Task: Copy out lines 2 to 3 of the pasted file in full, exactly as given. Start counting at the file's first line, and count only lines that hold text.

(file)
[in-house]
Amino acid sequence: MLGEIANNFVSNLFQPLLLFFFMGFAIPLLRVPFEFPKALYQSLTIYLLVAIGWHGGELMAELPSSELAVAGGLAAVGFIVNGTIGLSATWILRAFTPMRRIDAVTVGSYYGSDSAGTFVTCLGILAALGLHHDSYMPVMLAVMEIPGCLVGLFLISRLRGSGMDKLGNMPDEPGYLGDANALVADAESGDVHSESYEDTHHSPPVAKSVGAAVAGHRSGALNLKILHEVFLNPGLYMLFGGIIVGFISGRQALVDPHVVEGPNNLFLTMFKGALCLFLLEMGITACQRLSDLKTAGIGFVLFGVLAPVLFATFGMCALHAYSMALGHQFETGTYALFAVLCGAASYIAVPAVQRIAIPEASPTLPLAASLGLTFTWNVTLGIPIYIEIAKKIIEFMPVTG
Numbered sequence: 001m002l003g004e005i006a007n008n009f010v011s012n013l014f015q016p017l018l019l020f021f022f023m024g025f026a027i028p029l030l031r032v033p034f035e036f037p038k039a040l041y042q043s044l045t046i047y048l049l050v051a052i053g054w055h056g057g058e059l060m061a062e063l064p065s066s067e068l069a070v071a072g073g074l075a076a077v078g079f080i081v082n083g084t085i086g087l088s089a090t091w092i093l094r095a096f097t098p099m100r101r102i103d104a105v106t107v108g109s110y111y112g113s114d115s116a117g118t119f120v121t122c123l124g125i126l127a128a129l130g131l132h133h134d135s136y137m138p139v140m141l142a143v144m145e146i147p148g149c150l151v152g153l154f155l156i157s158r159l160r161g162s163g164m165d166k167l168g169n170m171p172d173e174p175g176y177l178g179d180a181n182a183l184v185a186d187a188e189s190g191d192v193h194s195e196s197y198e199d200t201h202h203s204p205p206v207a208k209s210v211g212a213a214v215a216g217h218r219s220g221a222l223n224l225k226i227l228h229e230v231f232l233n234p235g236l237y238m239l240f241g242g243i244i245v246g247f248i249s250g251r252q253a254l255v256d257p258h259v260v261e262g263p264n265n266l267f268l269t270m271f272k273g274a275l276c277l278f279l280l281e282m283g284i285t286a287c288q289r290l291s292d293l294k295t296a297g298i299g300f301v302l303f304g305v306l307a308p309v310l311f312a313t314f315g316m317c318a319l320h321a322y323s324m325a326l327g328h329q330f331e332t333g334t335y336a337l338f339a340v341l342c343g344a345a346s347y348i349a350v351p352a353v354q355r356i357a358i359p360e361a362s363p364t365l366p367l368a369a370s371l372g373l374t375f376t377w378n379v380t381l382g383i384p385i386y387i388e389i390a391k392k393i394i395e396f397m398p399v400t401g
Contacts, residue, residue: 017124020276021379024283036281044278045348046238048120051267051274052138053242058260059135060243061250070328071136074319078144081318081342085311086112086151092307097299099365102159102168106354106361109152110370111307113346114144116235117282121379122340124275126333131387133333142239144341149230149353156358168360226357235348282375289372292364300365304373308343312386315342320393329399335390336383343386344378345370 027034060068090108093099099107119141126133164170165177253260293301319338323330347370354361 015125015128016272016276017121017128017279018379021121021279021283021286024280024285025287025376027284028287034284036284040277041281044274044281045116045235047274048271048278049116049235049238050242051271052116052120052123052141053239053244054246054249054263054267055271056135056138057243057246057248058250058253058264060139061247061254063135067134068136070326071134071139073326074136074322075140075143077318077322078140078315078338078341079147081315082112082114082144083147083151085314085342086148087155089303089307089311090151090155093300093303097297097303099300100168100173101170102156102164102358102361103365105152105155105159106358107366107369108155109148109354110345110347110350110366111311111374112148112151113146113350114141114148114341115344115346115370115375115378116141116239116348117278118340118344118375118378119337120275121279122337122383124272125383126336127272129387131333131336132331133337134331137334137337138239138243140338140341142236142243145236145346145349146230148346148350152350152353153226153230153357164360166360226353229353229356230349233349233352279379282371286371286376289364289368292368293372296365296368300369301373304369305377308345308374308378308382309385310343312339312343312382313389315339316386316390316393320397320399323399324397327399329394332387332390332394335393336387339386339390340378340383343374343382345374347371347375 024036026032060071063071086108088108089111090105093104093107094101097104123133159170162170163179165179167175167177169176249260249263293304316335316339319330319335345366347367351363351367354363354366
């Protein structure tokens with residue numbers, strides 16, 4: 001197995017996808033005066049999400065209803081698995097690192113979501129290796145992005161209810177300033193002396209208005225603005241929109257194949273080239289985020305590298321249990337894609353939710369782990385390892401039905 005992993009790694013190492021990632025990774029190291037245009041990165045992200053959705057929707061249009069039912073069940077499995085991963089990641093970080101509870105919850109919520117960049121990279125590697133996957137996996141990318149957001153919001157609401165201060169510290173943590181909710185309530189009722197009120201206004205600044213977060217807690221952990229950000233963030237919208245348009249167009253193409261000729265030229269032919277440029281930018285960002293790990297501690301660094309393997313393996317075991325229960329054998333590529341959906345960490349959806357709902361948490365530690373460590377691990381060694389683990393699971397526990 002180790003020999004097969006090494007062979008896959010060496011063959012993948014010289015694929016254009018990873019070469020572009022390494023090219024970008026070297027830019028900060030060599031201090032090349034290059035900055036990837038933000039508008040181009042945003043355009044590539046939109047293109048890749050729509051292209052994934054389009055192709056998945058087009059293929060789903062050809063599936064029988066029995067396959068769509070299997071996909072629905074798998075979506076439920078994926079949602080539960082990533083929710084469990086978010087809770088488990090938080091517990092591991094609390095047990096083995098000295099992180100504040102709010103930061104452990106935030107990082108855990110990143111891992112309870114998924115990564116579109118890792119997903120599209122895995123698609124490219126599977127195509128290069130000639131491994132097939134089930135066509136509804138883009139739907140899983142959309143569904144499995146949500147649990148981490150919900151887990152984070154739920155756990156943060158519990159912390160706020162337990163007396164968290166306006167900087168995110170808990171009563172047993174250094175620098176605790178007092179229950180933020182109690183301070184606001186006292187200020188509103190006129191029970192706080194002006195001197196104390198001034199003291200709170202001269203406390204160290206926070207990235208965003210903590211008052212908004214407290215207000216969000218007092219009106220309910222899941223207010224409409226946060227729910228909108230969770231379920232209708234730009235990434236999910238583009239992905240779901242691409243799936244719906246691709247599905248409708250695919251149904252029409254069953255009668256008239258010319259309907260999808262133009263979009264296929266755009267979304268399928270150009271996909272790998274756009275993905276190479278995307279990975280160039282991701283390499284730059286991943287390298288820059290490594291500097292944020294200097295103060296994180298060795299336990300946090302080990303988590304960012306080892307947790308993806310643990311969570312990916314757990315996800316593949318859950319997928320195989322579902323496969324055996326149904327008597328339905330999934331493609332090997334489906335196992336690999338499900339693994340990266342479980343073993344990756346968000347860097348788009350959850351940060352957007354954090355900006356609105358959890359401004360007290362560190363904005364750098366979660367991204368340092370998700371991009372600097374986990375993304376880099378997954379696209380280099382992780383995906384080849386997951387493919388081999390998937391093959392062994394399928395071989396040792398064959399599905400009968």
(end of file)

Amino acid sequence: MLGEIANNFVSNLFQPLLLFFFMGFAIPLLRVPFEFPKALYQSLTIYLLVAIGWHGGELMAELPSSELAVAGGLAAVGFIVNGTIGLSATWILRAFTPMRRIDAVTVGSYYGSDSAGTFVTCLGILAALGLHHDSYMPVMLAVMEIPGCLVGLFLISRLRGSGMDKLGNMPDEPGYLGDANALVADAESGDVHSESYEDTHHSPPVAKSVGAAVAGHRSGALNLKILHEVFLNPGLYMLFGGIIVGFISGRQALVDPHVVEGPNNLFLTMFKGALCLFLLEMGITACQRLSDLKTAGIGFVLFGVLAPVLFATFGMCALHAYSMALGHQFETGTYALFAVLCGAASYIAVPAVQRIAIPEASPTLPLAASLGLTFTWNVTLGIPIYIEIAKKIIEFMPVTG
Numbered sequence: 001m002l003g004e005i006a007n008n009f010v011s012n013l014f015q016p017l018l019l020f021f022f023m024g025f026a027i028p029l030l031r032v033p034f035e036f037p038k039a040l041y042q043s044l045t046i047y048l049l050v051a052i053g054w055h056g057g058e059l060m061a062e063l064p065s066s067e068l069a070v071a072g073g074l075a076a077v078g079f080i081v082n083g084t085i086g087l088s089a090t091w092i093l094r095a096f097t098p099m100r101r102i103d104a105v106t107v108g109s110y111y112g113s114d115s116a117g118t119f120v121t122c123l124g125i126l127a128a129l130g131l132h133h134d135s136y137m138p139v140m141l142a143v144m145e146i147p148g149c150l151v152g153l154f155l156i157s158r159l160r161g162s163g164m165d166k167l168g169n170m171p172d173e174p175g176y177l178g179d180a181n182a183l184v185a186d187a188e189s190g191d192v193h194s195e196s197y198e199d200t201h202h203s204p205p206v207a208k209s210v211g212a213a214v215a216g217h218r219s220g221a222l223n224l225k226i227l228h229e230v231f232l233n234p235g236l237y238m239l240f241g242g243i244i245v246g247f248i249s250g251r252q253a254l255v256d257p258h259v260v261e262g263p264n265n266l267f268l269t270m271f272k273g274a275l276c277l278f279l280l281e282m283g284i285t286a287c288q289r290l291s292d293l294k295t296a297g298i299g300f301v302l303f304g305v306l307a308p309v310l311f312a313t314f315g316m317c318a319l320h321a322y323s324m325a326l327g328h329q330f331e332t333g334t335y336a337l338f339a340v341l342c343g344a345a346s347y348i349a350v351p352a353v354q355r356i357a358i359p360e361a362s363p364t365l366p367l368a369a370s371l372g373l374t375f376t377w378n379v380t381l382g383i384p385i386y387i388e389i390a391k392k393i394i395e396f397m398p399v400t401g